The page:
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Maziar Taheri Abkenar

 

You know that when you serialize an object and then deserialize the main object and the deserialized one are different objects (different references).

So what if you do not intend such behavior i.e in a singleton class.

I’m almost certain that everyone is familiar with singleton pattern that solves the problem of having only 1 instance of a class in the entire application; so I’m not giving a speech about that here.

 

Assume we have this singleton class:

 

public class Singleton
    {
        private Singleton()
        {

        }

        private static Singleton _Instance;
        static Singleton()
        {
            _Instance = new Singleton();
        }
        public static Singleton Instance { get { return _Instance; } }
    }

 

so according to MSDN this would be the way to serialize such a singleton:

 

[Serializable]
    public class Singleton : ISerializable
    {
        private Singleton()
        {

        }

        private static Singleton _Instance;
        static Singleton()
        {
            _Instance = new Singleton();
        }
        public static Singleton Instance { get { return _Instance; } }

        public void GetObjectData(SerializationInfo info, StreamingContext context)
        {
            info.SetType(typeof(SingletonHelper));
        }
        [Serializable]
        private class SingletonHelper : IObjectReference
        {
            public object GetRealObject(StreamingContext context)
            {
                return Singleton.Instance;
            }
        }

    }

 

What happened?

When implementing the interface ISerializable, you should add all necessary data to SerializationInfo object passed to method GetObjectData by calling AddValue method on it. A singleton class requires no additional data to be passed. But it has another problem, when deserializing, first of all a new instance of the target class will be created. This is bad. but the good news here is that you can tell the deserializer to create another type instead. If the other type implements IObjectReference interface, GetReadObject method would be called on it. There you can return the only instance of the singleton class.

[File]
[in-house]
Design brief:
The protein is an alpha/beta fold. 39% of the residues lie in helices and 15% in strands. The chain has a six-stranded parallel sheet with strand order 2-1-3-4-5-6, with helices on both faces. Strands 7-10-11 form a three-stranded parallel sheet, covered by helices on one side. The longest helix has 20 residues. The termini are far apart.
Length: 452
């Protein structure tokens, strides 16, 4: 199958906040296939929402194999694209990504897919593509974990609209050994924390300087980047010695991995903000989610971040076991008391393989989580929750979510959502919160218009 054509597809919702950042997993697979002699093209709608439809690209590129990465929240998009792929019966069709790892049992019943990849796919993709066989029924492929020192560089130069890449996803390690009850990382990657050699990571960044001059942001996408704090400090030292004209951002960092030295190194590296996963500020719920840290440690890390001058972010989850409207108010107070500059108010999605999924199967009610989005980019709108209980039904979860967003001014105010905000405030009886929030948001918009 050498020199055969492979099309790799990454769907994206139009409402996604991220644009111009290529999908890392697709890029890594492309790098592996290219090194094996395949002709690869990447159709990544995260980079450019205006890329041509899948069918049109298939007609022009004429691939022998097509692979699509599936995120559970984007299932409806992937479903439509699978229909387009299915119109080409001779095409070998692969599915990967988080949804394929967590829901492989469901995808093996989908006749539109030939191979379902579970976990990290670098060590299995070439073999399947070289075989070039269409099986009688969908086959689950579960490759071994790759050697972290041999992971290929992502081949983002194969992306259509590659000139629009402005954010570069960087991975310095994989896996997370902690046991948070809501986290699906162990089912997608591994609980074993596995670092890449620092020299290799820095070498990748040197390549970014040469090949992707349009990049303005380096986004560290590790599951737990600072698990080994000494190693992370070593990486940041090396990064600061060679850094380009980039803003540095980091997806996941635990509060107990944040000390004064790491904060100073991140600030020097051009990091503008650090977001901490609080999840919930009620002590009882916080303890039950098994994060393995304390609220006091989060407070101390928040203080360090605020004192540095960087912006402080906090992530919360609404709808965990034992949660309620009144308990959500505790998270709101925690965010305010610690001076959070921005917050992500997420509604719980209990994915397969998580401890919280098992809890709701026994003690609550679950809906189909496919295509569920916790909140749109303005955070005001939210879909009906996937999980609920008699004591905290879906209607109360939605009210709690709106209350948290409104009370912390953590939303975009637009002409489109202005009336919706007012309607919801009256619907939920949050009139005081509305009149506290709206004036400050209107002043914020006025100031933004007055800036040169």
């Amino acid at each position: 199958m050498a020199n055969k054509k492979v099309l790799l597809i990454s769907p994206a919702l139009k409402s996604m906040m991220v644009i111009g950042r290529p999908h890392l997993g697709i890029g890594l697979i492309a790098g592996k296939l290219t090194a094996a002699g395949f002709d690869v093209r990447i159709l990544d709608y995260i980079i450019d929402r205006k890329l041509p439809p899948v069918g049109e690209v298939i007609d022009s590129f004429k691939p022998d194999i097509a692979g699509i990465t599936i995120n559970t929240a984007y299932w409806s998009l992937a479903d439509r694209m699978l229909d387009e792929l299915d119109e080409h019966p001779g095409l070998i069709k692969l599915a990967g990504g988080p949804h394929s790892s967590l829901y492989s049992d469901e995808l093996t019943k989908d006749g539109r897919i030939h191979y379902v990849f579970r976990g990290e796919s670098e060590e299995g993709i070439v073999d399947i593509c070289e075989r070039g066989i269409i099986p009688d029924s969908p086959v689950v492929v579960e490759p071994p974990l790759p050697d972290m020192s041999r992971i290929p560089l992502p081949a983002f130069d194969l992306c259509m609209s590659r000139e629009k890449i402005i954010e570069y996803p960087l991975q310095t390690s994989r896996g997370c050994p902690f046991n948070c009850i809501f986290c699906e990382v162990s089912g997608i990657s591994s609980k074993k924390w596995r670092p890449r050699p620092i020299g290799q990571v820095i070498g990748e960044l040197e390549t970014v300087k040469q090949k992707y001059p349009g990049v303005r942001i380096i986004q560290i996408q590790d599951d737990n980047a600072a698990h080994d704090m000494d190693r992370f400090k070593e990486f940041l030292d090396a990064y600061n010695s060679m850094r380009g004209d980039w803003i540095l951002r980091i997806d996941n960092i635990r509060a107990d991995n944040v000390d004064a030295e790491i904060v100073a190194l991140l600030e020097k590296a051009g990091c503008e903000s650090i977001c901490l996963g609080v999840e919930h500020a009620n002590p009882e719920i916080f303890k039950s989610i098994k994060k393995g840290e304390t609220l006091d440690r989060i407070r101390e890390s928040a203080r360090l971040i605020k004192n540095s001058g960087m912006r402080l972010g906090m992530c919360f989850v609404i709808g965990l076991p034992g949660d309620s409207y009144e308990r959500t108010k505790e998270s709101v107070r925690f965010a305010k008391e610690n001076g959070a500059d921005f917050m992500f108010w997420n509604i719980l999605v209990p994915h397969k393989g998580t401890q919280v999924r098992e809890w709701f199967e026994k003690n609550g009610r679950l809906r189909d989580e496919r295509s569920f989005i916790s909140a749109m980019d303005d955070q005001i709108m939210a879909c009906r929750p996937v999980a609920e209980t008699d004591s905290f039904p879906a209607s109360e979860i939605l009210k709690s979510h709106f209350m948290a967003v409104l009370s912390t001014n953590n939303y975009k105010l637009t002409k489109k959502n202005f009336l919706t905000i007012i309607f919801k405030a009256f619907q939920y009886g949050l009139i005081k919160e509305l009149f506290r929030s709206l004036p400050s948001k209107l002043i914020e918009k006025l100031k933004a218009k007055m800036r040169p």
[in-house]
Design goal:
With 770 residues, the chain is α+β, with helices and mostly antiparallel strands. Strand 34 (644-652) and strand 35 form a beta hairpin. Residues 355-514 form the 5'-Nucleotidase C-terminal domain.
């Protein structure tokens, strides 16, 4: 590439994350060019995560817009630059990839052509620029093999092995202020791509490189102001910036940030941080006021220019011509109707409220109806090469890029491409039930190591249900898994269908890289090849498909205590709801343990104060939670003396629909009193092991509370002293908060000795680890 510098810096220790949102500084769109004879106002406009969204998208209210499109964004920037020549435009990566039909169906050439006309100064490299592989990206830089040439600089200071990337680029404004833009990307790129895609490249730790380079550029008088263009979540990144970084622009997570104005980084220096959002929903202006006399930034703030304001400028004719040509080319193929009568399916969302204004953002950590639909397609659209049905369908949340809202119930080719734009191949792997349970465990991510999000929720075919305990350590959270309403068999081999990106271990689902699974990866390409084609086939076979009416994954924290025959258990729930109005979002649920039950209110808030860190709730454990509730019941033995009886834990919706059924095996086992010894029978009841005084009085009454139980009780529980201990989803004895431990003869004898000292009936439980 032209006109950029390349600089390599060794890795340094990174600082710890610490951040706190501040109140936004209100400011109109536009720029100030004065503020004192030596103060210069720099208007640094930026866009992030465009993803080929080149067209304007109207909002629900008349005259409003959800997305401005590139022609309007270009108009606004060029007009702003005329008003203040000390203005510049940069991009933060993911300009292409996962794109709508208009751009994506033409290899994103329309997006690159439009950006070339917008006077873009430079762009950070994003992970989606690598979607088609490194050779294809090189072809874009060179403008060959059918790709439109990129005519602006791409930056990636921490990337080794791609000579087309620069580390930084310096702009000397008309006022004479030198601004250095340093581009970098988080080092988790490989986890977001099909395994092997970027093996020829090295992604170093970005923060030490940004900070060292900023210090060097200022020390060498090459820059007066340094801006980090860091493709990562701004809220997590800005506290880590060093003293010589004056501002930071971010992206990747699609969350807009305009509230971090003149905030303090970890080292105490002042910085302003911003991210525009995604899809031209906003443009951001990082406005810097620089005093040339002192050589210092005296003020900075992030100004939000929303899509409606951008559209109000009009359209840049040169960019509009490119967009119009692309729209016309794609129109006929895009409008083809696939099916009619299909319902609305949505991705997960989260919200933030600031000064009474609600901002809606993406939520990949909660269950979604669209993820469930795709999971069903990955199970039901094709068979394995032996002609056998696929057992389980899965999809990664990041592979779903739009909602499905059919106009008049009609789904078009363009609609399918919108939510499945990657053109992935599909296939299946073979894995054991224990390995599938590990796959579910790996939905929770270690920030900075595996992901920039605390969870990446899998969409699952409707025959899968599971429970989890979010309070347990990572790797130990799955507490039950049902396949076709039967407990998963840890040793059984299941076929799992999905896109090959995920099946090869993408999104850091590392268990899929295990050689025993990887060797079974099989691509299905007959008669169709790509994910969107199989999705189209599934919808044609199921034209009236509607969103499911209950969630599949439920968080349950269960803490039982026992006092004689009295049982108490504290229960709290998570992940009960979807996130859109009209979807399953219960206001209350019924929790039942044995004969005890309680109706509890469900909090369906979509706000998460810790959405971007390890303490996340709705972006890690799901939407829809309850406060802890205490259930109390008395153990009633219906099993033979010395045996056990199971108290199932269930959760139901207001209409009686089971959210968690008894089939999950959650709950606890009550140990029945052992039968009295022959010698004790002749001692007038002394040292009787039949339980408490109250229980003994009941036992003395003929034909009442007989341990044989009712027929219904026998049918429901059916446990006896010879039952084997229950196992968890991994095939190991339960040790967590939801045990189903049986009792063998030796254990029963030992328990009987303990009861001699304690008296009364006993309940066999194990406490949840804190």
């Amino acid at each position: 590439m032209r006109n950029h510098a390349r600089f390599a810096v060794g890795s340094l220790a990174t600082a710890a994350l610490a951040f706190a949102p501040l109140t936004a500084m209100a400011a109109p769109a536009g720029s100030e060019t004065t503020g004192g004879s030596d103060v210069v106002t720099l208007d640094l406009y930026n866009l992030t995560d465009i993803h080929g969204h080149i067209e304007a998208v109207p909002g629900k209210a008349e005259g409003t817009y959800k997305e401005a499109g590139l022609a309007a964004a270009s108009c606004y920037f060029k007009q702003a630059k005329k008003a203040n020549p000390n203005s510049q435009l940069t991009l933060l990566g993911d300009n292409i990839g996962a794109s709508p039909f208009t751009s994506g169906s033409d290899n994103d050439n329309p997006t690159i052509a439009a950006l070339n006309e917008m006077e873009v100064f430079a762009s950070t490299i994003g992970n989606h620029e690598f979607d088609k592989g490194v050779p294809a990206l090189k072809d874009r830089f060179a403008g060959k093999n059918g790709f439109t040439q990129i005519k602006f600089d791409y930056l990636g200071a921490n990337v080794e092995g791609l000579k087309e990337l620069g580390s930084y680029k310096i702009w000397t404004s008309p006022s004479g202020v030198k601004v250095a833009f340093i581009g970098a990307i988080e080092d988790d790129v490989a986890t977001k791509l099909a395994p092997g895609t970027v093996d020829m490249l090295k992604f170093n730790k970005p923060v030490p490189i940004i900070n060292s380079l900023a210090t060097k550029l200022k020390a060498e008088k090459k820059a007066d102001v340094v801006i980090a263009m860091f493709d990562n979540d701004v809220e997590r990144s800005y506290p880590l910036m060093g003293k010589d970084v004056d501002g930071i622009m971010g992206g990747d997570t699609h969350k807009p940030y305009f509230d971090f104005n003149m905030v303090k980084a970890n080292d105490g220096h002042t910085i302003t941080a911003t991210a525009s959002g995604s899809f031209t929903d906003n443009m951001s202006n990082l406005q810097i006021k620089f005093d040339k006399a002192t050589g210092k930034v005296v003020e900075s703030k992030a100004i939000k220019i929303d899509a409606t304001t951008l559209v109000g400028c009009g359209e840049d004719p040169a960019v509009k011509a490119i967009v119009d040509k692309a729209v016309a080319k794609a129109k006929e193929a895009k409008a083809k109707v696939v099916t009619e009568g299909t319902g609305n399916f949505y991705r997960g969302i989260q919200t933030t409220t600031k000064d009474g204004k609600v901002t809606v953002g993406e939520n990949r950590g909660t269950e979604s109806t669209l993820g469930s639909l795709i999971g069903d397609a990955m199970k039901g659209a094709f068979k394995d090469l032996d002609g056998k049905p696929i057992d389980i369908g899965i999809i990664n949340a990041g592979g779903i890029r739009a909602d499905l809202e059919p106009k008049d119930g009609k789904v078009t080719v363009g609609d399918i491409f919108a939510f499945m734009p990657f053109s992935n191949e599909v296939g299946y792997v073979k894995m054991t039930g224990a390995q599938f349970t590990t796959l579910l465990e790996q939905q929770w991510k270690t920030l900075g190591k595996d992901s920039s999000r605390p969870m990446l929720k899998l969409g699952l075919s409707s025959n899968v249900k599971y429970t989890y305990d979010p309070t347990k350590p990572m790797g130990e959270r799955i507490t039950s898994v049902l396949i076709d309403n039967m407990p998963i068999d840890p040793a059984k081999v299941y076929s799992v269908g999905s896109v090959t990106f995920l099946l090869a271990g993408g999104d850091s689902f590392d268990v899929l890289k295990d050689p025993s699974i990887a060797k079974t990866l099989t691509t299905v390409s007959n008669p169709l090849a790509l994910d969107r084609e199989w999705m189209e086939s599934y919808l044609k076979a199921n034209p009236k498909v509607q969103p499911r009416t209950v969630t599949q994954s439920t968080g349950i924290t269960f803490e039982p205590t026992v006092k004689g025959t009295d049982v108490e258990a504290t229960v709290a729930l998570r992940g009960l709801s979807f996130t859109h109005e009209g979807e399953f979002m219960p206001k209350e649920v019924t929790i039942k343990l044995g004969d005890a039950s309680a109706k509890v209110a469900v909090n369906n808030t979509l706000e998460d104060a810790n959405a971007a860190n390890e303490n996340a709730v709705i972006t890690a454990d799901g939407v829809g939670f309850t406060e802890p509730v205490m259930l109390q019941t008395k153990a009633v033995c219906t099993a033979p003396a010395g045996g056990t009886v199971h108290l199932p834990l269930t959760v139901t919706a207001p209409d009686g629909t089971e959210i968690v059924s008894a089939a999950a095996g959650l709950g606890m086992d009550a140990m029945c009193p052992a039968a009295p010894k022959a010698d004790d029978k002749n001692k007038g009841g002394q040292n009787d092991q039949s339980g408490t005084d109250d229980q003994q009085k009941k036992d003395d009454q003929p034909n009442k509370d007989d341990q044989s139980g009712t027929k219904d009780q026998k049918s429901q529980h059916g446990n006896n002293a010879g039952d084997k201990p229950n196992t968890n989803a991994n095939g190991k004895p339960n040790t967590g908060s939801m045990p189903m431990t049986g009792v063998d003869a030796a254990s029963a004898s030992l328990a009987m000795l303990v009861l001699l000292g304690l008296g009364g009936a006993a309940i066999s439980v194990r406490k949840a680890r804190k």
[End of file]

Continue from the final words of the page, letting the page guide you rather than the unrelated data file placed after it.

That was somehow easy, so what is this blog saying at all?? Another problem arises when your singleton class can have more than 1 object. For example in an Enumeration Class

 

So now lets change our class a little bit to have 2 instances:

static Singleton()
        {
            Instance1 = new Singleton();
            Instance2 = new Singleton();
        }
        public static readonly Singleton Instance1;
        public static readonly Singleton Instance2;

 

now which instance should be returned when GetRealObject method of our helper class is called?

Here is the trick :

 

public void GetObjectData(SerializationInfo info, StreamingContext context)
        {
            info.SetType(typeof(SingletonHelper));
            var index = (this == Instance1) ? (byte)1 : (byte)2;
            info.AddValue("Index", index);
        }

 

What now?

When deserializing a class implements ISerializable, the deserializer looks for a constructor that recieves SerializationInfo info and StreamingContext context.

so if the helper class implements ISerializable, it can recieve the SerializationInfo required to decide which instance of the singleton class to return.

 

[Serializable]
        private class SingletonHelper : IObjectReference, ISerializable
        {
            private byte Index;
            public SingletonHelper(SerializationInfo info, StreamingContext context)
            {
                Index = info.GetByte("Index");
            }
            public object GetRealObject(StreamingContext context)
            {
                return Index == 1 ? Singleton.Instance1 : Singleton.Instance2;
            }

            public void GetObjectData(SerializationInfo info, StreamingContext context)
            {
                throw new InvalidOperationException("Object of type SingletonHelper should not be serialized directly");
            }
        }

 

This code does all the job.

 

 

What is learned here?

A very nice pattern that is implemented in .NET serialization (note: this whole thing does not work in XmlSerializer class).

When you are saving and restoring an object’s state using reflection, this would be nice to let the object decide which states need to be saved, and it would be nice to let it stay singleton by changing the ObjectType to be created when restoring the data and act as a Proxy for deserialization.

This is one of many hidden pattern that can be distracted from nice implemented codes like Microsoft .Net Framework’s codes.

Posted on Thursday, July 19, 2012 6:12 PM Design Patterns , Serialization | Back to top


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